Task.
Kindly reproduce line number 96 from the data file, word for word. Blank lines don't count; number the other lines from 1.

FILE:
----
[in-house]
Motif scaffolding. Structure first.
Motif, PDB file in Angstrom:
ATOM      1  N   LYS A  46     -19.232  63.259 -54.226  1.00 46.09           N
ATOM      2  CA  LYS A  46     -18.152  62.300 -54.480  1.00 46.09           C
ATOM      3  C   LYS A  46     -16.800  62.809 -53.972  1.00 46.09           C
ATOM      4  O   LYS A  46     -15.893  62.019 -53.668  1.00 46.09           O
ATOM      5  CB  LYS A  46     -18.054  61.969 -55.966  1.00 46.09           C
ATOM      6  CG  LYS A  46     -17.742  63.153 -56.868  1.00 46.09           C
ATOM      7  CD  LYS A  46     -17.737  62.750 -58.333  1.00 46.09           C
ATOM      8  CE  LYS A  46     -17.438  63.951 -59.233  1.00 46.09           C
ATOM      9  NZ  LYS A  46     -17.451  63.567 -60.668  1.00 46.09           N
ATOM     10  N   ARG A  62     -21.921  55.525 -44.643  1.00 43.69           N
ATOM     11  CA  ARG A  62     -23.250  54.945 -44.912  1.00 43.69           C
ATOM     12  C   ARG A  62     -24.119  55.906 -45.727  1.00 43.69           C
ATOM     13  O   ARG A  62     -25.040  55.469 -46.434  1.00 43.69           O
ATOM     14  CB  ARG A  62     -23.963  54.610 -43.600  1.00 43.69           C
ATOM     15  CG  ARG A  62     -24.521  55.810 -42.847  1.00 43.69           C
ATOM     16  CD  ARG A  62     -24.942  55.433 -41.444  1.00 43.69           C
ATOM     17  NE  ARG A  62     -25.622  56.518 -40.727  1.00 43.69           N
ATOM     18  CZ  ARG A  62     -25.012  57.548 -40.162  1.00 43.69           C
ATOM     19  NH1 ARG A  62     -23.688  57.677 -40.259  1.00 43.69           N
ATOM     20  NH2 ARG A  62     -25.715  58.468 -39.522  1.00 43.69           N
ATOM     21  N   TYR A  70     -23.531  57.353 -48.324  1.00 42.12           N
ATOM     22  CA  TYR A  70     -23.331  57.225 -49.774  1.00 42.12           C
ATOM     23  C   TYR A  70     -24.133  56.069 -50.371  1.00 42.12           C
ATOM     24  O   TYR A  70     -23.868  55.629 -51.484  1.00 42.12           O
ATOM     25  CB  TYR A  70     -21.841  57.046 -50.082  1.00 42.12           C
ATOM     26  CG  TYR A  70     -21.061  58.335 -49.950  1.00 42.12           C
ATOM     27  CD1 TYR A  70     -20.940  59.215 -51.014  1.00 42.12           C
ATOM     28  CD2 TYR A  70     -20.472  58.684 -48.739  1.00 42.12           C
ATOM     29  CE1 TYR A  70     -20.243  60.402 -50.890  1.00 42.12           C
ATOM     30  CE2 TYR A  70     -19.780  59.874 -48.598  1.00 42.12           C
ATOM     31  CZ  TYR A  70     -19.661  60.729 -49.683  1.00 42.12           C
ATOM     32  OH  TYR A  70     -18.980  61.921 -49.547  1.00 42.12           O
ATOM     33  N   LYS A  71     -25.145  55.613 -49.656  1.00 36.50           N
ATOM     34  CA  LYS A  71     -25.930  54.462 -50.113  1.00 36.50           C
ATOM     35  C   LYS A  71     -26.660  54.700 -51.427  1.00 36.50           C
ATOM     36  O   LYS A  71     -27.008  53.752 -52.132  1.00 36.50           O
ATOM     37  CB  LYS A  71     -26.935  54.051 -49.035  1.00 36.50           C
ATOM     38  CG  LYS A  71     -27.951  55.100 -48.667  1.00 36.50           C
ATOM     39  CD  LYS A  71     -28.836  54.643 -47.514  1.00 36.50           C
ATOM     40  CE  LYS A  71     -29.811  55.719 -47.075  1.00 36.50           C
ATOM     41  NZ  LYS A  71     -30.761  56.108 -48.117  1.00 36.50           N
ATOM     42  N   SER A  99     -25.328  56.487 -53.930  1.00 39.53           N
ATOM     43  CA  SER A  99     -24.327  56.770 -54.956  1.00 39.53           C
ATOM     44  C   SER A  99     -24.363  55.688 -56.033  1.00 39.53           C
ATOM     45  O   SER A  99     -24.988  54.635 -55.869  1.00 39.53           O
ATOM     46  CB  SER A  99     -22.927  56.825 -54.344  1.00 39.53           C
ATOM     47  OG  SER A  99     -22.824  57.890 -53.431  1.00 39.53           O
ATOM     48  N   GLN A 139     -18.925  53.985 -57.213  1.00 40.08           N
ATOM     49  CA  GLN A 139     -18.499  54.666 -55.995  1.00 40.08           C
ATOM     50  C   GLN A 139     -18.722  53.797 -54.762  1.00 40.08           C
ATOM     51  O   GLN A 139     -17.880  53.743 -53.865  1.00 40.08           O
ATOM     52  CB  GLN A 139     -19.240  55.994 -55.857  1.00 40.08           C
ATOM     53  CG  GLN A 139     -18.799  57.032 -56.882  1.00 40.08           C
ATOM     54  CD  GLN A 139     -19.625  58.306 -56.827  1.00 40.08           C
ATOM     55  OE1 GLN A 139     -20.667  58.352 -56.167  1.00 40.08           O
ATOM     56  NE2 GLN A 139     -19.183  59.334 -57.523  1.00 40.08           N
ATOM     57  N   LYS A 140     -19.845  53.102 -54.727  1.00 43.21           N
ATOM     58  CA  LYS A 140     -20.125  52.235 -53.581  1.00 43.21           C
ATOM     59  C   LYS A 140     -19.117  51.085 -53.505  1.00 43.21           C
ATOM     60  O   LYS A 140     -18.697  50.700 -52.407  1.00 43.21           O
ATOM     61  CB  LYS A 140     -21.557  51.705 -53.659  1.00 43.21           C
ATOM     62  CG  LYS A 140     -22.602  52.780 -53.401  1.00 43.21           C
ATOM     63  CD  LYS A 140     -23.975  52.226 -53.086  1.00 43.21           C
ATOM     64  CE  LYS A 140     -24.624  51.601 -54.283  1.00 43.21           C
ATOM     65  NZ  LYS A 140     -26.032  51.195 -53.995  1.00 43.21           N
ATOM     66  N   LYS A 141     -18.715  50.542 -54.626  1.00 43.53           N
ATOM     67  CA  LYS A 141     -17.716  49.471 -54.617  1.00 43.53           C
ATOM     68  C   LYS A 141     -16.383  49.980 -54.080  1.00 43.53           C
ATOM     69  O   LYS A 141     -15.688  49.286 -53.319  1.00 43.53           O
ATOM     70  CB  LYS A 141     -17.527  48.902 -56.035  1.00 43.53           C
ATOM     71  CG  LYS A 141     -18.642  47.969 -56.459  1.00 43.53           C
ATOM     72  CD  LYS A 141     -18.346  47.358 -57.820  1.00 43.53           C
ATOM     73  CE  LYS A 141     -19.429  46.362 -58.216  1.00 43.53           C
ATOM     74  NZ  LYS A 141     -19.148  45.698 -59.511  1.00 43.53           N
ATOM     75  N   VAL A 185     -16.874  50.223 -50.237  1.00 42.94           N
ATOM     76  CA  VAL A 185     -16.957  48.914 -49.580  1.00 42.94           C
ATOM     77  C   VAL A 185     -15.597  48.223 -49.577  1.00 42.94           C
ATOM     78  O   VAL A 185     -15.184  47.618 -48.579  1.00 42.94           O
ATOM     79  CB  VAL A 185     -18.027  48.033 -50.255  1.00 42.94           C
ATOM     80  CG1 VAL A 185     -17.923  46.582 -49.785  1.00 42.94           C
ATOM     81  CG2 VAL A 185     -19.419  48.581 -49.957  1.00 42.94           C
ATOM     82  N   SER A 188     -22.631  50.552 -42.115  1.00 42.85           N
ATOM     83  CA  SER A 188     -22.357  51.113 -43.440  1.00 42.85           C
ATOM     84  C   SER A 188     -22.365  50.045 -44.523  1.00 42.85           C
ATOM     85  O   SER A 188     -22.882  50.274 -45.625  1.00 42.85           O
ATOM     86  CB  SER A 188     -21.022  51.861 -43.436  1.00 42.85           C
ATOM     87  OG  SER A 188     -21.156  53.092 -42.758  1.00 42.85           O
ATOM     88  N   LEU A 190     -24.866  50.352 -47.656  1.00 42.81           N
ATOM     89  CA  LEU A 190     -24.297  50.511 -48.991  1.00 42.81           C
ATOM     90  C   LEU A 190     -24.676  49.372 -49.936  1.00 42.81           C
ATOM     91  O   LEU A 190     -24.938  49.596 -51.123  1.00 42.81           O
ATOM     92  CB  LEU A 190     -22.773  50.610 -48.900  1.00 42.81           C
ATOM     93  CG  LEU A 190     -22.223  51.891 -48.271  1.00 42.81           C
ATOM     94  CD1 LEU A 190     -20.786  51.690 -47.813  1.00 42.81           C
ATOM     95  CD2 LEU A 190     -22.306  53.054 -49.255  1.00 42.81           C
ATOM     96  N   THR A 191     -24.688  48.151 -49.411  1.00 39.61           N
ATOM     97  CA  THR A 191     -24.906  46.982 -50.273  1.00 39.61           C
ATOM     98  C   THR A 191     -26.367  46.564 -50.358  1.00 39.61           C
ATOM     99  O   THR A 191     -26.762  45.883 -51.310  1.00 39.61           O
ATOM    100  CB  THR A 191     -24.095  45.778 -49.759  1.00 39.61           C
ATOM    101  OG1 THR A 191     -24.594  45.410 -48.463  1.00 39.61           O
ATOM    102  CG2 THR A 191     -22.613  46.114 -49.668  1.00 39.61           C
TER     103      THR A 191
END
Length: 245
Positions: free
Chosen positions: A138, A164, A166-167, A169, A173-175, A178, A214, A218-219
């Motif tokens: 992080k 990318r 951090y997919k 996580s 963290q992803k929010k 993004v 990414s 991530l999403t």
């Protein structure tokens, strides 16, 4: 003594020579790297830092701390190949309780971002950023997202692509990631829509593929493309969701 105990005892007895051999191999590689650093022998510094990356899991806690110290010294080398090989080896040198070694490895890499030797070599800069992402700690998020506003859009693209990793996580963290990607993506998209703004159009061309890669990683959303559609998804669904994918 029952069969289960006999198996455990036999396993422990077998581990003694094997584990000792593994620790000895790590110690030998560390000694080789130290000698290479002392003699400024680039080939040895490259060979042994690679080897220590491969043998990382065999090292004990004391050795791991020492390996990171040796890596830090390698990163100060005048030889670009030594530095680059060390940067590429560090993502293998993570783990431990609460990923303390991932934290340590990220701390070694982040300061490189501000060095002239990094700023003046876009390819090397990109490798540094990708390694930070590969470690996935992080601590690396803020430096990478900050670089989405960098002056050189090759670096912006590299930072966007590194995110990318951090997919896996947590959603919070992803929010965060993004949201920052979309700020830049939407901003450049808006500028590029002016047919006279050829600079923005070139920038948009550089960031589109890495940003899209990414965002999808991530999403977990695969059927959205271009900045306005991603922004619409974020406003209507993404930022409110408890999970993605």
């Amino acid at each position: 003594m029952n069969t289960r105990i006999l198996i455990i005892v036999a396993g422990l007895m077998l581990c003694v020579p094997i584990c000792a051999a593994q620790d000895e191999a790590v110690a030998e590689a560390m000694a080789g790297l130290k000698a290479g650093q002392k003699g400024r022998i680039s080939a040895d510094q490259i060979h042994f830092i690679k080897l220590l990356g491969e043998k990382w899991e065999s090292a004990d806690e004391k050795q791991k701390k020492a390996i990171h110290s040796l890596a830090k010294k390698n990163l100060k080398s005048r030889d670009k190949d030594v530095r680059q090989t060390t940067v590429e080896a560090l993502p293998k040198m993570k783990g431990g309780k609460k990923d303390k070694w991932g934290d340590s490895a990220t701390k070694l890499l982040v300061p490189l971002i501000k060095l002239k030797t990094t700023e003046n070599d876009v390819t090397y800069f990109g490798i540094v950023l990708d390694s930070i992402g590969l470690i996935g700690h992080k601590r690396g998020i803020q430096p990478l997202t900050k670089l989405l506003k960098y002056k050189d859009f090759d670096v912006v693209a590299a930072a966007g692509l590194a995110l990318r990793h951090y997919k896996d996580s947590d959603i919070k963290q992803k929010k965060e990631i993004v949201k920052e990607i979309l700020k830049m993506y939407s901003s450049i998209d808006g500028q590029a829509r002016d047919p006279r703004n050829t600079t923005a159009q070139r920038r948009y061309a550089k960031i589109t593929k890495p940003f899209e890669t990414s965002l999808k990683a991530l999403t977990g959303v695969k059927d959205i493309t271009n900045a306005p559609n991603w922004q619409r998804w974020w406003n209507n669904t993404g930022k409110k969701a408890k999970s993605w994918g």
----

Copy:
ATOM     93  CG  LEU A 190     -22.223  51.891 -48.271  1.00 42.81           C